The aim of this paper is to reflect upon the quality of knowledge of a research paper published by the Rathenau Institute concerning evidence-based policy (Staman & Slob, 2012). In order to conduct the analysis three main knowledge claims are identified which are subsequently analyzed with the positivism, critical rationalism and social-constructivism view on science as described and defined by Benton and Craib (2011).
Diagnosed problems regarding evidence based policing
Evidence-based policy can be defined as policy that is based on scientific evidence (Staman & Slob, 2012). The interaction between policy makers and the scientific world seems however to face some disruptions. To identify these obstacles Staman and Slob (2012) start their analysis by reviewing the classical model of the interaction between science and politics, which states that scientists seek the neutral truth and policy makers seek for ways to turn ideas into effective policies. The underlying assumption in this way of thinking is that effective policies can be achieved with studied facts, thus based on scientific knowledge. Staman and Slob (2012) identified several problems that arise with this classical model from which three are summarized below and further referred to as knowledge claims (kc).
kc1. If policymakers desire to apply evidence-based policy there is a need for true facts. The knowledge provided by scientists is often considered as close to the truth due to the scientific method involved in reaching a conclusion. However, Staman and Slob (2012) point towards the viewpoints of Daniel Sarewitz, who believes that science can never reach a cohesive viewpoint. Jeroen Dijsselbloem confirms this by mentioning contradicting reports passing his desk often. This all means policy makers will always feel the hindrance of the lack of cohesion between scientists and it remains a question weather theoretical claims hold in practice for policies.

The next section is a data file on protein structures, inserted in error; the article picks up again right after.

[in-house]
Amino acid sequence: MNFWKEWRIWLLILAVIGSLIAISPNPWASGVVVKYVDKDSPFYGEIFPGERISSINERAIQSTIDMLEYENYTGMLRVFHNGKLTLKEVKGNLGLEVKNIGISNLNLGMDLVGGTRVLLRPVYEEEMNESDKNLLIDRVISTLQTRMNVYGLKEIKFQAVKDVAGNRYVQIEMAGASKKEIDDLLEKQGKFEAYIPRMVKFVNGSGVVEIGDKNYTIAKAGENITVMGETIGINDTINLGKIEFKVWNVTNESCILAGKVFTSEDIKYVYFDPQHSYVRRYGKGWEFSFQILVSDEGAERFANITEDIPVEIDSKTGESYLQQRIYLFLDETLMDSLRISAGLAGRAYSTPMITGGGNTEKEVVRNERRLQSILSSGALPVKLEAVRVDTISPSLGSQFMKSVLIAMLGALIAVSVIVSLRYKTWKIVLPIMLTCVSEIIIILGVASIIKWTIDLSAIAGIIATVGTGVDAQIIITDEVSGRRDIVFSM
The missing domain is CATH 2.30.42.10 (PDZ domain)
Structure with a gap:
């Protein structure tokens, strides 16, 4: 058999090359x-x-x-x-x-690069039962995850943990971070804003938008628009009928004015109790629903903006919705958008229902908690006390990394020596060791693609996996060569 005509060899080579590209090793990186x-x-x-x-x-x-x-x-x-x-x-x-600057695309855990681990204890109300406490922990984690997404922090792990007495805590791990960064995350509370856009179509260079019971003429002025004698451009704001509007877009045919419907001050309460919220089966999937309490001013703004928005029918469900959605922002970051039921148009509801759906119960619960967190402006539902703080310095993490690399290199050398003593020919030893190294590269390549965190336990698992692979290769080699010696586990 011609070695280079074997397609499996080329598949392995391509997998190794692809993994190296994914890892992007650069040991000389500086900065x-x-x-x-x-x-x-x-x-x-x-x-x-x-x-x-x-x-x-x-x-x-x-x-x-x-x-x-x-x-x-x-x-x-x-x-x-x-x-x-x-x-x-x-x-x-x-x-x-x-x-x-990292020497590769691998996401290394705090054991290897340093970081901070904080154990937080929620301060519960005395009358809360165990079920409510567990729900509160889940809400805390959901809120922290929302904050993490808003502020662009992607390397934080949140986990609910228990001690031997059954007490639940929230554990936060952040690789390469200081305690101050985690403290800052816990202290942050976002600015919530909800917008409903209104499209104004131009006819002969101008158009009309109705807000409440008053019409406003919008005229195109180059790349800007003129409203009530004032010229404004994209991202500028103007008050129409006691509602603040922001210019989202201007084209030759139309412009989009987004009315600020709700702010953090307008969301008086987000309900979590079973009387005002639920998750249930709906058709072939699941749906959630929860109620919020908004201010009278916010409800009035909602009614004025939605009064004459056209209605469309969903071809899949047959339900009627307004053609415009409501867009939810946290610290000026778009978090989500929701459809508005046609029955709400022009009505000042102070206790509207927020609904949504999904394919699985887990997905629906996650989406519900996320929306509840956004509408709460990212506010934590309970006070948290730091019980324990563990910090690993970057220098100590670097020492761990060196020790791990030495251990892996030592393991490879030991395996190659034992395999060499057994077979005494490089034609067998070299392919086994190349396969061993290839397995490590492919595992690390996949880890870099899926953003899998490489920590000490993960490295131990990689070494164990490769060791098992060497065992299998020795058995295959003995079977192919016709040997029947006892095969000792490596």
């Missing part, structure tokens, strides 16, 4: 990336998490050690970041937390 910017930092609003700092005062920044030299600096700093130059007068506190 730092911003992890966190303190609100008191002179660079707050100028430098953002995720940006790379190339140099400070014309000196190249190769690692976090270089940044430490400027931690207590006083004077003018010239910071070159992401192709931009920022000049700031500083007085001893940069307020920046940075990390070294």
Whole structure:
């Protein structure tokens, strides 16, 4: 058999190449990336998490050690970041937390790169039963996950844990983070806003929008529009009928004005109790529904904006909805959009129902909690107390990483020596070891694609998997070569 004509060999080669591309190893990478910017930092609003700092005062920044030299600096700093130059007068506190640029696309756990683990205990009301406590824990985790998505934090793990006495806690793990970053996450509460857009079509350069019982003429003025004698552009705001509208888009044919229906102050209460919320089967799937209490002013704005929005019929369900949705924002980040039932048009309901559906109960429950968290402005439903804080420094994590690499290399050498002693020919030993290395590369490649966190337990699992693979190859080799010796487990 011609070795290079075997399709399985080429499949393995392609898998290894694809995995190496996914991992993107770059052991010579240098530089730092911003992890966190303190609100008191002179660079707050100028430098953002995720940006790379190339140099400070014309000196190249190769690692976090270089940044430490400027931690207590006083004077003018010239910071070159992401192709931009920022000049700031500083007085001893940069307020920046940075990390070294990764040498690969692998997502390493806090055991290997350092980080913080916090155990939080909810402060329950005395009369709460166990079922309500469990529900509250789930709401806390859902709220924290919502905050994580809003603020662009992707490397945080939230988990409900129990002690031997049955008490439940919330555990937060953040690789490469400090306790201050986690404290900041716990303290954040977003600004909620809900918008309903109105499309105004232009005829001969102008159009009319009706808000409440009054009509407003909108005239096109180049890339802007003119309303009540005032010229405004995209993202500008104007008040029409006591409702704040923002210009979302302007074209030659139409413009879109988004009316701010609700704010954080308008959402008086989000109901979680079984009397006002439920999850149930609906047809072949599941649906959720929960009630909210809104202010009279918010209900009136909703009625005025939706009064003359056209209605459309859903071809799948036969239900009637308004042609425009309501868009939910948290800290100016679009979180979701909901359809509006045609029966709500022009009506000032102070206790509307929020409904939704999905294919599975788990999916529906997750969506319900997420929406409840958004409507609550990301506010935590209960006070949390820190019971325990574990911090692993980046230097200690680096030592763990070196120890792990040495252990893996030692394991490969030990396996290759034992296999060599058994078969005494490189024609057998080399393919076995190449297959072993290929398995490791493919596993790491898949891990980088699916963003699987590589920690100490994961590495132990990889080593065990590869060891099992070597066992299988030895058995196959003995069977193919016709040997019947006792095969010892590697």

kc2. The expectations policy makers have towards scientists can often not be fulfilled. Policy makers often face time constraints and cannot afford to deal with doubt and uncertainty. Consequently, they are in need for a high level of certainty, which cannot always be guaranteed by scientists.
kc3. The third problem claimed by Staman and Slob (2012) is that evidence-based policy is not always possible due to the way scientists often seclude themselves in established their conclusions, it is often advisable for scientist to hear the opinions of all parties involved in order to understand how complex politics can be.
Testing knowledge claims through positivism principles.
The positivism perspective is an extension to the empiricism view on knowledge that states that knowledge comes from induction and observable experiences and that this knowledge is used to explain social phenomena (Benton & Craib, 2011). Nevertheless, the empiric view of knowledge on which positivism is based has long been subject to limitations. Immanuel Kant...